• Facilitate on country level the practical use of the Strategic Framework for Victim Assistance, including mobilization of resources to allow affected countries to utilize and further refine this and other tools, including ICBL guidelines.
  • Support the practical use of the Landmine Awareness Guidelines in a minimum number of countries, and report back on their application at the September 2000 meeting.
  • Sharing of information on resource allocation at the donor and mine affected country level, as well as from operational agencies, in order to identify existing gaps and make most efficient use of available funding and avoid duplication.
  • Formulate a methodology and systems for evaluation of mine victim assistance program implementation. In other words, identify benchmarks for progress.

The First Standing Committee of Experts on Victim Assistance, socio-economic integration and mine awareness

The First Standing Committee of Experts brought together more than 150 participants representing a wide range of Mine Action actors including representatives of State Parties from different sectors, other interested States, Non Governmental Organizations, Intergovernmental Organizations, and Landmine victims, among others. The participants had open and frank discussions about different aspects of landmine victim assistance, socio-economic integration and mine awareness.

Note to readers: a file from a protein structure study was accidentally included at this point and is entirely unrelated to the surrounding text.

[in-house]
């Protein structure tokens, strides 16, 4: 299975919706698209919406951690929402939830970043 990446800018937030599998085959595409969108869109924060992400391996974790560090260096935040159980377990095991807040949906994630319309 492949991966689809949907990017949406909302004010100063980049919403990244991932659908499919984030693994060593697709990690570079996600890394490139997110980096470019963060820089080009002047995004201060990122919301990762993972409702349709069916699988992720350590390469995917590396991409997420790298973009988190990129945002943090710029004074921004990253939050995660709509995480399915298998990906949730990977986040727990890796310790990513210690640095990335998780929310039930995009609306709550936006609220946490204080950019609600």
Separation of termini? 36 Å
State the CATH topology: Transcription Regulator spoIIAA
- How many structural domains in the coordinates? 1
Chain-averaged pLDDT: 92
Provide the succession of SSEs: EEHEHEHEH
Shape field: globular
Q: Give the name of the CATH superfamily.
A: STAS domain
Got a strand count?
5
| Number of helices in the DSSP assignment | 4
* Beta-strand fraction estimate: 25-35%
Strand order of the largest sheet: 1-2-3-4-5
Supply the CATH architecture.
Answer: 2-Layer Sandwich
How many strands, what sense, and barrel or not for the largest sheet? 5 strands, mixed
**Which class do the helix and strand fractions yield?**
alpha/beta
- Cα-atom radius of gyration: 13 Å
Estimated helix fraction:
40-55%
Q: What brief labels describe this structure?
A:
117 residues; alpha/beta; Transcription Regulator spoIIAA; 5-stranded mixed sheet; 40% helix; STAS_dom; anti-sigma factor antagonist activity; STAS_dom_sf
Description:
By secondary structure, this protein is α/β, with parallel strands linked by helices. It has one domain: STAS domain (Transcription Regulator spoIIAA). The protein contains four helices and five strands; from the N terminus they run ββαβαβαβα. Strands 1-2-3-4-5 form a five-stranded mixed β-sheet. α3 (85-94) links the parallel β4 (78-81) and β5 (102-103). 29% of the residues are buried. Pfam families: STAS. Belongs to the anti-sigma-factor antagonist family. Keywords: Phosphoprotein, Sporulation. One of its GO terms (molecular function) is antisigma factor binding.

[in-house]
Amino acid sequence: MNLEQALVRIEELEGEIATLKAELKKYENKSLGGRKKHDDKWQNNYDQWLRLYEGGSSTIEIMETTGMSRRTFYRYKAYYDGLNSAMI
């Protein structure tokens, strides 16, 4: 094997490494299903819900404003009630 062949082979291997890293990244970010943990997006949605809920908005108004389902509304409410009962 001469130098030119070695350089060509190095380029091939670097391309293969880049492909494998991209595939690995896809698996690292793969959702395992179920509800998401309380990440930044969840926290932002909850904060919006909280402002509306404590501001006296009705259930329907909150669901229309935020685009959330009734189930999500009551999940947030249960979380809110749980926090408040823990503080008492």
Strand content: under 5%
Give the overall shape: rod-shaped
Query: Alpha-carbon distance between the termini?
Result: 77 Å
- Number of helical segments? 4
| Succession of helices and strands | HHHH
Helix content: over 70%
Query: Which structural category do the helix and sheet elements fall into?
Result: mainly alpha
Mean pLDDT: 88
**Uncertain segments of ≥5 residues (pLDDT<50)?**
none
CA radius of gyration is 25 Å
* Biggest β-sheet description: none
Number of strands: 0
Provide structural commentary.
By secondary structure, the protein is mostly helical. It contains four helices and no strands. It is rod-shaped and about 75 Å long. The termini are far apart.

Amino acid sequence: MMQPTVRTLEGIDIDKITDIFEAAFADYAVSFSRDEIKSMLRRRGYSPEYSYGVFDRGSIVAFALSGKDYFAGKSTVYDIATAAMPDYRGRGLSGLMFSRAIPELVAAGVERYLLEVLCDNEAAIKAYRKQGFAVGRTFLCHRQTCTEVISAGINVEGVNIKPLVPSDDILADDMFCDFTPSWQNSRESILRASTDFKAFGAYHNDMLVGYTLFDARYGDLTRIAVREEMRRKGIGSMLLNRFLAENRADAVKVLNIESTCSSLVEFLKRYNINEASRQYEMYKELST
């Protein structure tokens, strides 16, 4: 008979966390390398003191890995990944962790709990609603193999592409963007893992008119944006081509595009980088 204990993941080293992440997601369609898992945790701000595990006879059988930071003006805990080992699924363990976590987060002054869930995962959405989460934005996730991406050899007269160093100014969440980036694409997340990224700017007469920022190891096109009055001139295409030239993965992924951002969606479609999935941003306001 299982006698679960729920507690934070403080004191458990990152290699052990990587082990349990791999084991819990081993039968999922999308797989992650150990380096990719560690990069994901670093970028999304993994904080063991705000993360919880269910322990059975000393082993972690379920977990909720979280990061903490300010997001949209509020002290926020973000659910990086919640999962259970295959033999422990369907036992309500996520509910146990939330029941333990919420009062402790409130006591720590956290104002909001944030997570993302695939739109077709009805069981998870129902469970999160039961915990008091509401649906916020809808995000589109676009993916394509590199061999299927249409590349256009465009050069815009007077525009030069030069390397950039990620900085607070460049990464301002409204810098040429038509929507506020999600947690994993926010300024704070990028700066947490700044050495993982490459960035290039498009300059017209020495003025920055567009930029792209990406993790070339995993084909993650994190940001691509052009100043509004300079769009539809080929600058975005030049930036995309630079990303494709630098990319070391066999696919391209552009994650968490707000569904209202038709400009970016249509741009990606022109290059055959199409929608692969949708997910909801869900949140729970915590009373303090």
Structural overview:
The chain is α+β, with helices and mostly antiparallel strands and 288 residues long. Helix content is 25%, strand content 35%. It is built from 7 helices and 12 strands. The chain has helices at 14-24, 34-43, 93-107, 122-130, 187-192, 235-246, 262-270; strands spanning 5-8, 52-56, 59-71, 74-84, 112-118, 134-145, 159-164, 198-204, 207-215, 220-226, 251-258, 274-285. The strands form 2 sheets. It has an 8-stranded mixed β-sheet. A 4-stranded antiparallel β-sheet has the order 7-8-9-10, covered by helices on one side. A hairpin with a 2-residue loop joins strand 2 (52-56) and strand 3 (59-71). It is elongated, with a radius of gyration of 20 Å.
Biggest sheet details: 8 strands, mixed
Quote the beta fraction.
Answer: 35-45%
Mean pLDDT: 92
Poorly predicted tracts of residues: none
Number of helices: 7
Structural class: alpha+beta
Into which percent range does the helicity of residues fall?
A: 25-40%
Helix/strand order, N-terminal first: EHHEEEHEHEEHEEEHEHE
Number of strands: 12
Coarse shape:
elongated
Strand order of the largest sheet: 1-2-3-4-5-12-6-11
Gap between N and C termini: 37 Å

I. Exchange of Experiences

With the objective to provide empirical background for in depth discussions of the most important issues relating to victim assistance, there were various presentations of landmine survivors and mine-affected regions and countries.

Landmine Survivors

Four landmine survivors from different backgrounds gave personal accounts of their experiences, the difficulties they and their families faced, both at the personal level, as well as at the social/community level. Their presentations emphasized the following points:
  • most mine victims are civilians;